Five. Role-playing: Learning with family and friends

Safe, independent learning is a fine thing and very important for the independence of children. But sometimes what has been learned is memorized even better when it is repeated in conversation with other people. This type of learning is particularly effective for the communicative learner. And the above-mentioned FACT survey of children on popular learning aids also revealed that parents and friends are also very much in demand alongside digital media.

So how about a little role-playing game, for example? Become a talk show moderator and ask your child about the learning content in German, history, biology and physics. Be stubborn like Anne Will or Frank Plasberg and let them explain the connections in detail.

Children can also learn by meeting with friends: Because everyone can support the other with his or her strengths, together ambiguities can be resolved. So that the kids don’t lose focus, the learning units should be set at a certain time. It also helps if a specific goal is set in advance that the learning group can keep an eye on.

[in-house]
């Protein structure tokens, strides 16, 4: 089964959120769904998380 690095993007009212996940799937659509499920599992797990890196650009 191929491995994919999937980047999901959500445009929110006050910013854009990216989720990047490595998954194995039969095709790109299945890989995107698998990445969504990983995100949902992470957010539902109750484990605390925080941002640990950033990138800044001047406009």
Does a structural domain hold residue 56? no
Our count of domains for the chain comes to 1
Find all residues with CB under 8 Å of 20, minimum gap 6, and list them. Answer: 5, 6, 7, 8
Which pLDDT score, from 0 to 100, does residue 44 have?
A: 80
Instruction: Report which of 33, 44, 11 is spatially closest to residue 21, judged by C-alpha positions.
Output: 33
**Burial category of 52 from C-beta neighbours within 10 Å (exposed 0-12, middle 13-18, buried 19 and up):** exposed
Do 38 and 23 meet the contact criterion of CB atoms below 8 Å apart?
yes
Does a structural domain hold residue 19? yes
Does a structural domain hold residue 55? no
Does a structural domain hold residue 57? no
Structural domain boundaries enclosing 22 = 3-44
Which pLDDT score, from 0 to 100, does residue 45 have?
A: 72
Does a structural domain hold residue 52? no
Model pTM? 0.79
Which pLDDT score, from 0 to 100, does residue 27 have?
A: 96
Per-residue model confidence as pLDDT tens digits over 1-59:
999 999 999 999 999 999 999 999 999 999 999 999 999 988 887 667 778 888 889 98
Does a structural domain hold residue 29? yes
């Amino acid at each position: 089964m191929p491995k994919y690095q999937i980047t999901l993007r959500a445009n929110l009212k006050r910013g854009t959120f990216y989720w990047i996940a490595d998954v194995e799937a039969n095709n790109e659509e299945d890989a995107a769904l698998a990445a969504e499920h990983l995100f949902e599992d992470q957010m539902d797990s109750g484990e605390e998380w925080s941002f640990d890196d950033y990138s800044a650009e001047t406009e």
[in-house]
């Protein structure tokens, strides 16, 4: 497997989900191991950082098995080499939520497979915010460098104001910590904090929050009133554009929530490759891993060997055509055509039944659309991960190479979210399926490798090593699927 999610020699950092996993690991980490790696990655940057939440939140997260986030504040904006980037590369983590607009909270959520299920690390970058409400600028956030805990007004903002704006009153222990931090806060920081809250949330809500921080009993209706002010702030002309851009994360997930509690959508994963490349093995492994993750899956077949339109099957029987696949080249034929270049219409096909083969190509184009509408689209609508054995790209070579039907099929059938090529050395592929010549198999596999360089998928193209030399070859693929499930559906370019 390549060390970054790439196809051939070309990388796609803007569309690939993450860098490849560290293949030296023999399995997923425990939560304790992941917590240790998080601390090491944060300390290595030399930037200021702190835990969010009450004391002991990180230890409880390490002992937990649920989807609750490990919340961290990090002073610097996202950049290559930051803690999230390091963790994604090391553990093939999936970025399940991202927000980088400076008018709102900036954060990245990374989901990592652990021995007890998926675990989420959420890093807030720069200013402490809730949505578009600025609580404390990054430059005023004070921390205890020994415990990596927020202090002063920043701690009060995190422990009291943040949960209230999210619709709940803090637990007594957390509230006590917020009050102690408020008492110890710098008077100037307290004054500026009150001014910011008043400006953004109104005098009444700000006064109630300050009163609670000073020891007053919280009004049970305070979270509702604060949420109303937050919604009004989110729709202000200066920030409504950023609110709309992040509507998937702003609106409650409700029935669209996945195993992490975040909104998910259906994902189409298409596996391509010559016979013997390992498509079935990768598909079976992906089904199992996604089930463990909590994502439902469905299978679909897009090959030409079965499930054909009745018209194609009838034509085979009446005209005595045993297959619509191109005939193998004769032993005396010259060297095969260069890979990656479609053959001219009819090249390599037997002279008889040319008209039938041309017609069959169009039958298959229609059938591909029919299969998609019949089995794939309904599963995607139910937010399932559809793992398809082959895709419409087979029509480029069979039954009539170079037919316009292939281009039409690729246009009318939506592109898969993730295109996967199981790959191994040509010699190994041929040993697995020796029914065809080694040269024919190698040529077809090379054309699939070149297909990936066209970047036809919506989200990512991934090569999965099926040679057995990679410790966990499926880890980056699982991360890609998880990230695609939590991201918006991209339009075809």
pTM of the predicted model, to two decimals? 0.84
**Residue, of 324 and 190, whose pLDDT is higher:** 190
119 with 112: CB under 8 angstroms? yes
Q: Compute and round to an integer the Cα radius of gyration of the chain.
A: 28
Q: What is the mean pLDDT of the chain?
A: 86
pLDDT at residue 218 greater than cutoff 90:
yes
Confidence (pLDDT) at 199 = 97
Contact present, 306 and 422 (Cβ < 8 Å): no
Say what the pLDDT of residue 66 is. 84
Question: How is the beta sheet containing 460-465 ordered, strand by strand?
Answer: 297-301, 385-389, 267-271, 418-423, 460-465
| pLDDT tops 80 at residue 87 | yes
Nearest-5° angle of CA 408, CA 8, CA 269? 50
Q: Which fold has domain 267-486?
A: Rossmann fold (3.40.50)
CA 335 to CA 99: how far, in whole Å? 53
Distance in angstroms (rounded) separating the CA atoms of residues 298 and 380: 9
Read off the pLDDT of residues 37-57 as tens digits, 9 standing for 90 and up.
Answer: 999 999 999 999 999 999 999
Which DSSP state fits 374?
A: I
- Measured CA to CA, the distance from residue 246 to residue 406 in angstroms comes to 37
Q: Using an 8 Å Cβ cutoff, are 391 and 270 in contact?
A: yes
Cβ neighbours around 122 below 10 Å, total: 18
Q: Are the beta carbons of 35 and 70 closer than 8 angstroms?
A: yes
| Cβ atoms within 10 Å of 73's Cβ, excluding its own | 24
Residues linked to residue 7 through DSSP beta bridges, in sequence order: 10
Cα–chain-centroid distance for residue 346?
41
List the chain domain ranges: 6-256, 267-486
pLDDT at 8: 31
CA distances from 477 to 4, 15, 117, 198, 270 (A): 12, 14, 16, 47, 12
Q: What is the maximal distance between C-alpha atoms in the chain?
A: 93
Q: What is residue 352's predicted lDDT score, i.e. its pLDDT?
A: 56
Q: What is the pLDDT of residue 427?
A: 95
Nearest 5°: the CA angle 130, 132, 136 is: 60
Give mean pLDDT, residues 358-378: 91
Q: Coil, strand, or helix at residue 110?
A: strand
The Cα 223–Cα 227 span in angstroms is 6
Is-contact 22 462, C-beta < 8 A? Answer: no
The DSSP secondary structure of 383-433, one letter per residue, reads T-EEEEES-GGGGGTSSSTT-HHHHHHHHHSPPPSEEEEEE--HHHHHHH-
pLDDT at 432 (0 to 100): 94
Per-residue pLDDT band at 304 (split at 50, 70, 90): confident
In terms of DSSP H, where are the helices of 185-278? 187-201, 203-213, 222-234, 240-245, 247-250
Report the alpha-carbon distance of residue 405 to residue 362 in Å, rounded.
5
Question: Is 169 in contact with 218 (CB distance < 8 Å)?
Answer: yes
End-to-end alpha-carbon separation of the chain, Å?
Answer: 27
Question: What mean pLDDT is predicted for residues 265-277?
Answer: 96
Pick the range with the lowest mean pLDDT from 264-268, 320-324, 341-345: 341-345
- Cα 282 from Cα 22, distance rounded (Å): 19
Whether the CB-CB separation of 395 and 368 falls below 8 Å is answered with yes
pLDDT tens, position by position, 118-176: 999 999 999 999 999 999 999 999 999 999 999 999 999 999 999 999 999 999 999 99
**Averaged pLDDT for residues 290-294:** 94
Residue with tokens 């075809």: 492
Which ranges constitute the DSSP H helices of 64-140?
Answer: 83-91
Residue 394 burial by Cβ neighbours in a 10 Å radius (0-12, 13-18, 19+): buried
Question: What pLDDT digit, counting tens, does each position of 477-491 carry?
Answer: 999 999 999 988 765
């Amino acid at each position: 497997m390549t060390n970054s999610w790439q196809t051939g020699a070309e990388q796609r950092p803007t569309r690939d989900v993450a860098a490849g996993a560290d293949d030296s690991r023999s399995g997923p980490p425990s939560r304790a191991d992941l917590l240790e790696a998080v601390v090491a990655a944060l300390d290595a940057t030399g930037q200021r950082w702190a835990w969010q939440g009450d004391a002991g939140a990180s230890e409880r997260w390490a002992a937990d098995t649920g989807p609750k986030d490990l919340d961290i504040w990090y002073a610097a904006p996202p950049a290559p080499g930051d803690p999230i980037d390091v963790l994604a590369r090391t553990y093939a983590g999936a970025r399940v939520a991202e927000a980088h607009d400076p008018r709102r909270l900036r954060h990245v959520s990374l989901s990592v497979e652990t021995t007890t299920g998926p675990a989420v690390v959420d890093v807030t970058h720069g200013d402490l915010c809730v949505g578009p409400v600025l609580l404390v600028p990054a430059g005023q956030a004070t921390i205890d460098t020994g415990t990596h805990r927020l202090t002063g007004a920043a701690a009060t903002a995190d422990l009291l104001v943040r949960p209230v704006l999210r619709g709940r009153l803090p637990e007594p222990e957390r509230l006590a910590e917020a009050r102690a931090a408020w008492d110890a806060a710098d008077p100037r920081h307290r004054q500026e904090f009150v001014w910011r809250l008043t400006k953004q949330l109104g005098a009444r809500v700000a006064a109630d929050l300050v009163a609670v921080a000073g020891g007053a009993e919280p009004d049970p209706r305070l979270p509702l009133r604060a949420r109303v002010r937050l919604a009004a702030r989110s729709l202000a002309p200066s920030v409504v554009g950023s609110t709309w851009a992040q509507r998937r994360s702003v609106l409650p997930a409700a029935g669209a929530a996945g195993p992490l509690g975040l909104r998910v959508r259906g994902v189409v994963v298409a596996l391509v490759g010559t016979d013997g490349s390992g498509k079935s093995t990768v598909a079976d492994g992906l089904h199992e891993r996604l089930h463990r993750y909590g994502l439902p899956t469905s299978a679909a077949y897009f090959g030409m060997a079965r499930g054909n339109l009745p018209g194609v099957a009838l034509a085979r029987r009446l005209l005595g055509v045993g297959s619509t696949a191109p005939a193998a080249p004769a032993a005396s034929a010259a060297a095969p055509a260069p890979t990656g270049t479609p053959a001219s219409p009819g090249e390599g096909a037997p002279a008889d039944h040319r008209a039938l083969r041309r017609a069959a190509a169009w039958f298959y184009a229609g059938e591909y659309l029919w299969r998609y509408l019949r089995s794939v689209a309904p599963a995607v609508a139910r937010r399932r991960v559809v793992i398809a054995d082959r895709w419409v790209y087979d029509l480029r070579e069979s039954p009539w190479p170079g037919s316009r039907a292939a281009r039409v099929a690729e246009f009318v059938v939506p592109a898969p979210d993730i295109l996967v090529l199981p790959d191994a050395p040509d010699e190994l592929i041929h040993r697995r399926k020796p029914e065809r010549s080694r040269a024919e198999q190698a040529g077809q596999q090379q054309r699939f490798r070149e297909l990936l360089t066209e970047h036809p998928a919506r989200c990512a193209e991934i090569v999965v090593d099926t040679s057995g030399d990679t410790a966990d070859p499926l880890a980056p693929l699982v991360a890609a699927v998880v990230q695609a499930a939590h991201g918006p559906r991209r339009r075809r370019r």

Increasing motivation to learn: Conclusion

As we all know, the motivation to learn is one of those things: it can only be learned to a limited extent and cannot be forced. But it can be awakened again and again! Children have an innate curiosity for new things, but they must also be able to establish a link between what they have learned and their everyday lives. What do I learn it for and where can I apply it? And it can also be fun. Only then will the learned knowledge remain stuck. That’s why it can be helpful to help yourself with learning material apart from textbooks and workbooks – analogue or digital. Don’t forget: Many things, which at first glance seem like pure pastimes or games, offer unexpected learning potential and increase children’s motivation to learn immensely!

Daniel Bialecki is education expert and learning specialist. the diploma engineer looks back on twelve years experience in the digital knowledge transfer. Daniel Bialecki is managing director of the learning program scoyo. he developed on-line learning platform and the virtual learning environment of scoyo since 2007 together with educators.

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Christina Cherry